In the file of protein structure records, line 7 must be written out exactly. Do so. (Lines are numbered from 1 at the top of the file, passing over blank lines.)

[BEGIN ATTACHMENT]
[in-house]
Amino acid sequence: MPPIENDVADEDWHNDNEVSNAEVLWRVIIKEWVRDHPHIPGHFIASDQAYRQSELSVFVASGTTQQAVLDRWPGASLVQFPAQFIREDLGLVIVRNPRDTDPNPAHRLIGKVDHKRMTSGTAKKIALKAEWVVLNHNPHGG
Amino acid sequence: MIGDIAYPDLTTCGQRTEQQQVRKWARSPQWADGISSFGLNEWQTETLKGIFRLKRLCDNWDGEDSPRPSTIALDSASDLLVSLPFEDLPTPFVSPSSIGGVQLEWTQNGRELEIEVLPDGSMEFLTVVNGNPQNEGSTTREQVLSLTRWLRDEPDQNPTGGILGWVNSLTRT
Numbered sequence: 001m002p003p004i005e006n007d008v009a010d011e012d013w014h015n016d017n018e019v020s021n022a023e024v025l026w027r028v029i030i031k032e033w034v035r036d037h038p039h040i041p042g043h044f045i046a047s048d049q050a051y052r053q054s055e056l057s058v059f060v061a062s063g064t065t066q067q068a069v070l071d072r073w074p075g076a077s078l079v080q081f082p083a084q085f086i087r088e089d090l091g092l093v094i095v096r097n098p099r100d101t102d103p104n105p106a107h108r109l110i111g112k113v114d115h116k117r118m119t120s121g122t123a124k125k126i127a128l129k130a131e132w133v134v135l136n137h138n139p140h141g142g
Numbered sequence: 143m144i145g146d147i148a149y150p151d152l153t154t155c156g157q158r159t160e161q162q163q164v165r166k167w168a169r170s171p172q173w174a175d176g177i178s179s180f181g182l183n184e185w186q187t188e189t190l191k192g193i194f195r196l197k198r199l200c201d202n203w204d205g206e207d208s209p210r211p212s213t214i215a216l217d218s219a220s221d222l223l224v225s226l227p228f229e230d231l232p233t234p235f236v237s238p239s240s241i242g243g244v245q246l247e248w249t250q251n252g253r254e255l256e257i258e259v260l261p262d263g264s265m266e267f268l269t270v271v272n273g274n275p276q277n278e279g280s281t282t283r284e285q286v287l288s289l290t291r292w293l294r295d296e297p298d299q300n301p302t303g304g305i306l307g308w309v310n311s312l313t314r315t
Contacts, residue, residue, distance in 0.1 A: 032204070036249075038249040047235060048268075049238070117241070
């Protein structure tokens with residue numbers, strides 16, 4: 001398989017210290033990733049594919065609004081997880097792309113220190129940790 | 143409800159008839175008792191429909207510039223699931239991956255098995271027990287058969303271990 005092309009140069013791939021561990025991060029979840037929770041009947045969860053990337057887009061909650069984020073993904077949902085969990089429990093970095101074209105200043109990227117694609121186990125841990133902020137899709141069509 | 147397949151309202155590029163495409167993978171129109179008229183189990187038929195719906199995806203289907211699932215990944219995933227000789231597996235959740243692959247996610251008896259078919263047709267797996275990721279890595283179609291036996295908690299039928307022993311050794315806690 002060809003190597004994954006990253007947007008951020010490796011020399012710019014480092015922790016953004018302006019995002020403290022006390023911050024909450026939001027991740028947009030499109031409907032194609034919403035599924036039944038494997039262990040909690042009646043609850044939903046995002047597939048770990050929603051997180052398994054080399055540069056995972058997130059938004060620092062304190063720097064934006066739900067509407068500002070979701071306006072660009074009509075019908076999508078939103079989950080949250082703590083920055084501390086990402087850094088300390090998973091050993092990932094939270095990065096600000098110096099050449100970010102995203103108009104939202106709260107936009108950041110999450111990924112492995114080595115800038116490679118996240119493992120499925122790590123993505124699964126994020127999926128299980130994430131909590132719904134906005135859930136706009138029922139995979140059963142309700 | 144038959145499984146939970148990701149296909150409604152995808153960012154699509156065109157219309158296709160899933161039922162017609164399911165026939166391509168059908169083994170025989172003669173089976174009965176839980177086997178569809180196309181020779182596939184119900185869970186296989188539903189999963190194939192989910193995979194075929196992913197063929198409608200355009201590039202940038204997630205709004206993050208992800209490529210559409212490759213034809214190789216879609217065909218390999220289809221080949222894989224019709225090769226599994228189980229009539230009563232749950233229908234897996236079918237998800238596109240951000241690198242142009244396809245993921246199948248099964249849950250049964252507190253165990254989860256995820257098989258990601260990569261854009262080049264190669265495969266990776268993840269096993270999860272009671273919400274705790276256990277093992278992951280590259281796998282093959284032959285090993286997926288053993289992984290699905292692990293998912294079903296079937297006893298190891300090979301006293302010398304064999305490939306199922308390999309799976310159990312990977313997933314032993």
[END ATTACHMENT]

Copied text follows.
């Protein structure tokens with residue numbers, strides 16, 4: 001398989017210290033990733049594919065609004081997880097792309113220190129940790 | 143409800159008839175008792191429909207510039223699931239991956255098995271027990287058969303271990 005092309009140069013791939021561990025991060029979840037929770041009947045969860053990337057887009061909650069984020073993904077949902085969990089429990093970095101074209105200043109990227117694609121186990125841990133902020137899709141069509 | 147397949151309202155590029163495409167993978171129109179008229183189990187038929195719906199995806203289907211699932215990944219995933227000789231597996235959740243692959247996610251008896259078919263047709267797996275990721279890595283179609291036996295908690299039928307022993311050794315806690 002060809003190597004994954006990253007947007008951020010490796011020399012710019014480092015922790016953004018302006019995002020403290022006390023911050024909450026939001027991740028947009030499109031409907032194609034919403035599924036039944038494997039262990040909690042009646043609850044939903046995002047597939048770990050929603051997180052398994054080399055540069056995972058997130059938004060620092062304190063720097064934006066739900067509407068500002070979701071306006072660009074009509075019908076999508078939103079989950080949250082703590083920055084501390086990402087850094088300390090998973091050993092990932094939270095990065096600000098110096099050449100970010102995203103108009104939202106709260107936009108950041110999450111990924112492995114080595115800038116490679118996240119493992120499925122790590123993505124699964126994020127999926128299980130994430131909590132719904134906005135859930136706009138029922139995979140059963142309700 | 144038959145499984146939970148990701149296909150409604152995808153960012154699509156065109157219309158296709160899933161039922162017609164399911165026939166391509168059908169083994170025989172003669173089976174009965176839980177086997178569809180196309181020779182596939184119900185869970186296989188539903189999963190194939192989910193995979194075929196992913197063929198409608200355009201590039202940038204997630205709004206993050208992800209490529210559409212490759213034809214190789216879609217065909218390999220289809221080949222894989224019709225090769226599994228189980229009539230009563232749950233229908234897996236079918237998800238596109240951000241690198242142009244396809245993921246199948248099964249849950250049964252507190253165990254989860256995820257098989258990601260990569261854009262080049264190669265495969266990776268993840269096993270999860272009671273919400274705790276256990277093992278992951280590259281796998282093959284032959285090993286997926288053993289992984290699905292692990293998912294079903296079937297006893298190891300090979301006293302010398304064999305490939306199922308390999309799976310159990312990977313997933314032993």